China Sales Slow in November, but Still Booming
Dec 16, 2002
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China reported that retail sales growth slowed in November but remained strong as consumers snapped up big-ticket items like homes and cars, keeping the economy on track to hit 8-percent growth for the year.
Fixed asset investment, which covers spending on things like roads and real estate, also slowed in November due to what analysts said was probably an easing of state stimulus projects.
Retail sales, an important part of the economy along with exports and investment, rose 9.1 percent in November, one of the highest paces all year, the State Statistical Bureau said.
Sales climbed 8.8 percent year-on-year in the first 11 months, shy of the government's 9-percent target.
"Retail sales are still pretty much on track in terms of the momentum that we've seen all year, but I'm wondering if this can be sustained," said Tai Hui, an economist with Standard Chartered Bank in Hong Kong.
The government, trying to boost domestic consumption to prop up economic growth and fight mild deflation, has raised the pay of civil servants and set longer national holidays.
But market-oriented reforms are throwing millions of state workers out of jobs, making consumers jittery, and many are saving because of the uncertain outlook.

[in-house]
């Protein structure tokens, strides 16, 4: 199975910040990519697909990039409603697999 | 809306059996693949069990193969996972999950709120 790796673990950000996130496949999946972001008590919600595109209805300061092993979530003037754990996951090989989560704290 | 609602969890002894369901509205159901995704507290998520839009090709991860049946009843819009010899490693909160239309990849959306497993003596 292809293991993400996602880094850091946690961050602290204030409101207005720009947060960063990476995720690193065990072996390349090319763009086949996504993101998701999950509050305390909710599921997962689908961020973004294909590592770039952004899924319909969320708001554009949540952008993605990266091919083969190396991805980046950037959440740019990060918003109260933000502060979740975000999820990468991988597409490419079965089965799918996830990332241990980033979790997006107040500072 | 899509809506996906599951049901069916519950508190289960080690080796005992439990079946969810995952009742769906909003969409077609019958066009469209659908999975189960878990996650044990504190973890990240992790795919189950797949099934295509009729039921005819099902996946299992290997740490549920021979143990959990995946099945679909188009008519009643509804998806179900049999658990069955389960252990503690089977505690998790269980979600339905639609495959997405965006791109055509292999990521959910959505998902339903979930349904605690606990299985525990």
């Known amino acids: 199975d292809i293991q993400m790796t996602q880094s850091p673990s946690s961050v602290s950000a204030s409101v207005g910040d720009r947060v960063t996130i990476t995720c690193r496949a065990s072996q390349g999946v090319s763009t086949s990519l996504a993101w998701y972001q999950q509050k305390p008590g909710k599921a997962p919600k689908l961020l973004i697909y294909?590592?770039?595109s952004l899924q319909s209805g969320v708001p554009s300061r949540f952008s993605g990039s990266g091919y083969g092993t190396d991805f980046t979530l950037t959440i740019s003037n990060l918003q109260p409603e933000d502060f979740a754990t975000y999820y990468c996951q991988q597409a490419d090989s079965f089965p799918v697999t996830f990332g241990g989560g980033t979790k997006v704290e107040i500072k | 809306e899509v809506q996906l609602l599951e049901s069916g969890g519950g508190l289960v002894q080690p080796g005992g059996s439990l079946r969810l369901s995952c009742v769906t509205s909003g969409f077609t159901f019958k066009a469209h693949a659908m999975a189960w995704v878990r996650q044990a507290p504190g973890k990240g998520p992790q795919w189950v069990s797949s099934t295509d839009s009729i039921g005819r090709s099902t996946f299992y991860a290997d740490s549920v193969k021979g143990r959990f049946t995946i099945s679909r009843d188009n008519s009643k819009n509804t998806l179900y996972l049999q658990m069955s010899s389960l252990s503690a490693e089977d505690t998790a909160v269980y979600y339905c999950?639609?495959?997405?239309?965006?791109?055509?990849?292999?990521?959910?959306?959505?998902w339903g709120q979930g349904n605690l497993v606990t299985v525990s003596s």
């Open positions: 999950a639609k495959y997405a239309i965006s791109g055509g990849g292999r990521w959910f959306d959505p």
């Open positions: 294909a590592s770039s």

"There's not only the unemployment issue, but these figures include goods and not services, so as you have a shift in consumption, I wonder if actual consumer spending will be captured," Hui said.
Still, November's sales rise of 9.1 percent matched growth in September and was the third-highest rate after October's 9.4 percent rise and May's 9.3 percent.
"Purchases of housing, cars and other high-end consumer products that improve quality of life continued to speed up, and had a noticeable stimulus effect on the market," the statistics bureau said in a statement.
China's economy grew 7.9 percent in the first three quarters, and the statistics bureau has forecast full-year growth will hit at least 8 percent, above a 7-percent target.
"The star performers are exports and the investment sector. In 2003, exports should hold up well, but that depends on the global economy and other international factors," Hui said. "Domestic demand I expect to hold up as well. Investment may see some moderation, but consumer spending will keep the economy in good shape."
Home-buying added to the strong November sales. Housing sales jumped by 81 percent in the month, which in turn triggered a 20-percent rise in sales of home appliances.
Analysts said China's strong overall economic performance may have convinced the government it no longer needs to spend heavily to prop up growth. (AP)
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